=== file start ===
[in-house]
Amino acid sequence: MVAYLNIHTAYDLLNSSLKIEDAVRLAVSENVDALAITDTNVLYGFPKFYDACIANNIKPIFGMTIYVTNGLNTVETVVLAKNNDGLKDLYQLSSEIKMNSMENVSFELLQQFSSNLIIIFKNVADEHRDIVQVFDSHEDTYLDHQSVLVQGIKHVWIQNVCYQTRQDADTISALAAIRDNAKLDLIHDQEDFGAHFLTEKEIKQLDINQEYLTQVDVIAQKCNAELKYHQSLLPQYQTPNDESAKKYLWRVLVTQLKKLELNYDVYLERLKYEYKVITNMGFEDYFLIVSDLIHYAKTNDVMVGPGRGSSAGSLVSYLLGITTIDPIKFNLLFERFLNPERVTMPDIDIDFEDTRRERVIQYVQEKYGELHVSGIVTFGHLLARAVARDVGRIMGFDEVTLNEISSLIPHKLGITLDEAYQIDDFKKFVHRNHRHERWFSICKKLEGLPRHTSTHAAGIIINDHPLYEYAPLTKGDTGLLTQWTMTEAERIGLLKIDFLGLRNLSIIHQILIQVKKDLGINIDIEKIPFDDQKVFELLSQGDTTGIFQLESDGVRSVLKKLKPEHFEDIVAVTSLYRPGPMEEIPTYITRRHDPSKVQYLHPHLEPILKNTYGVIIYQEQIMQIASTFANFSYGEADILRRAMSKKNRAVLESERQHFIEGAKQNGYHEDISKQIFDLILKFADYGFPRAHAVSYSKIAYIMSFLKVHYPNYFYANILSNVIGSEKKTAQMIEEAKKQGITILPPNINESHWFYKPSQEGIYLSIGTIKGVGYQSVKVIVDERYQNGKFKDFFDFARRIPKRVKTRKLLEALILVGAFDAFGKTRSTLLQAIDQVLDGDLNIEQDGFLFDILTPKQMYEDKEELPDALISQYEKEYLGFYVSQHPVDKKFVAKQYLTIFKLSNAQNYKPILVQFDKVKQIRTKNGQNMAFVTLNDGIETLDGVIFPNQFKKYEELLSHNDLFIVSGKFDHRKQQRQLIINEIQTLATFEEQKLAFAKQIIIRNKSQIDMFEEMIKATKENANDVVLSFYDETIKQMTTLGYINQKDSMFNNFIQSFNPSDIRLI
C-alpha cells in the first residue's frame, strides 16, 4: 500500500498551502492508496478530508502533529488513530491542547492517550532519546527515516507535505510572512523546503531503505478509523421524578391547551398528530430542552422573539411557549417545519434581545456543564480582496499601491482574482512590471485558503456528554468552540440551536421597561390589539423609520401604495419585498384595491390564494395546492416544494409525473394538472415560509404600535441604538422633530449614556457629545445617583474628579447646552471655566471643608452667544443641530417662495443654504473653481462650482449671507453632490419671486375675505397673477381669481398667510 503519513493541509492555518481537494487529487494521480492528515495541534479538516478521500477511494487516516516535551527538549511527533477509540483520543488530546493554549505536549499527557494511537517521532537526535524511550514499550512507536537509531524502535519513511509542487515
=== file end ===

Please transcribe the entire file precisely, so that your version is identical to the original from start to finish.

[in-house]
Amino acid sequence: MVAYLNIHTAYDLLNSSLKIEDAVRLAVSENVDALAITDTNVLYGFPKFYDACIANNIKPIFGMTIYVTNGLNTVETVVLAKNNDGLKDLYQLSSEIKMNSMENVSFELLQQFSSNLIIIFKNVADEHRDIVQVFDSHEDTYLDHQSVLVQGIKHVWIQNVCYQTRQDADTISALAAIRDNAKLDLIHDQEDFGAHFLTEKEIKQLDINQEYLTQVDVIAQKCNAELKYHQSLLPQYQTPNDESAKKYLWRVLVTQLKKLELNYDVYLERLKYEYKVITNMGFEDYFLIVSDLIHYAKTNDVMVGPGRGSSAGSLVSYLLGITTIDPIKFNLLFERFLNPERVTMPDIDIDFEDTRRERVIQYVQEKYGELHVSGIVTFGHLLARAVARDVGRIMGFDEVTLNEISSLIPHKLGITLDEAYQIDDFKKFVHRNHRHERWFSICKKLEGLPRHTSTHAAGIIINDHPLYEYAPLTKGDTGLLTQWTMTEAERIGLLKIDFLGLRNLSIIHQILIQVKKDLGINIDIEKIPFDDQKVFELLSQGDTTGIFQLESDGVRSVLKKLKPEHFEDIVAVTSLYRPGPMEEIPTYITRRHDPSKVQYLHPHLEPILKNTYGVIIYQEQIMQIASTFANFSYGEADILRRAMSKKNRAVLESERQHFIEGAKQNGYHEDISKQIFDLILKFADYGFPRAHAVSYSKIAYIMSFLKVHYPNYFYANILSNVIGSEKKTAQMIEEAKKQGITILPPNINESHWFYKPSQEGIYLSIGTIKGVGYQSVKVIVDERYQNGKFKDFFDFARRIPKRVKTRKLLEALILVGAFDAFGKTRSTLLQAIDQVLDGDLNIEQDGFLFDILTPKQMYEDKEELPDALISQYEKEYLGFYVSQHPVDKKFVAKQYLTIFKLSNAQNYKPILVQFDKVKQIRTKNGQNMAFVTLNDGIETLDGVIFPNQFKKYEELLSHNDLFIVSGKFDHRKQQRQLIINEIQTLATFEEQKLAFAKQIIIRNKSQIDMFEEMIKATKENANDVVLSFYDETIKQMTTLGYINQKDSMFNNFIQSFNPSDIRLI
C-alpha cells in the first residue's frame, strides 16, 4: 500500500498551502492508496478530508502533529488513530491542547492517550532519546527515516507535505510572512523546503531503505478509523421524578391547551398528530430542552422573539411557549417545519434581545456543564480582496499601491482574482512590471485558503456528554468552540440551536421597561390589539423609520401604495419585498384595491390564494395546492416544494409525473394538472415560509404600535441604538422633530449614556457629545445617583474628579447646552471655566471643608452667544443641530417662495443654504473653481462650482449671507453632490419671486375675505397673477381669481398667510 503519513493541509492555518481537494487529487494521480492528515495541534479538516478521500477511494487516516516535551527538549511527533477509540483520543488530546493554549505536549499527557494511537517521532537526535524511550514499550512507536537509531524502535519513511509542487515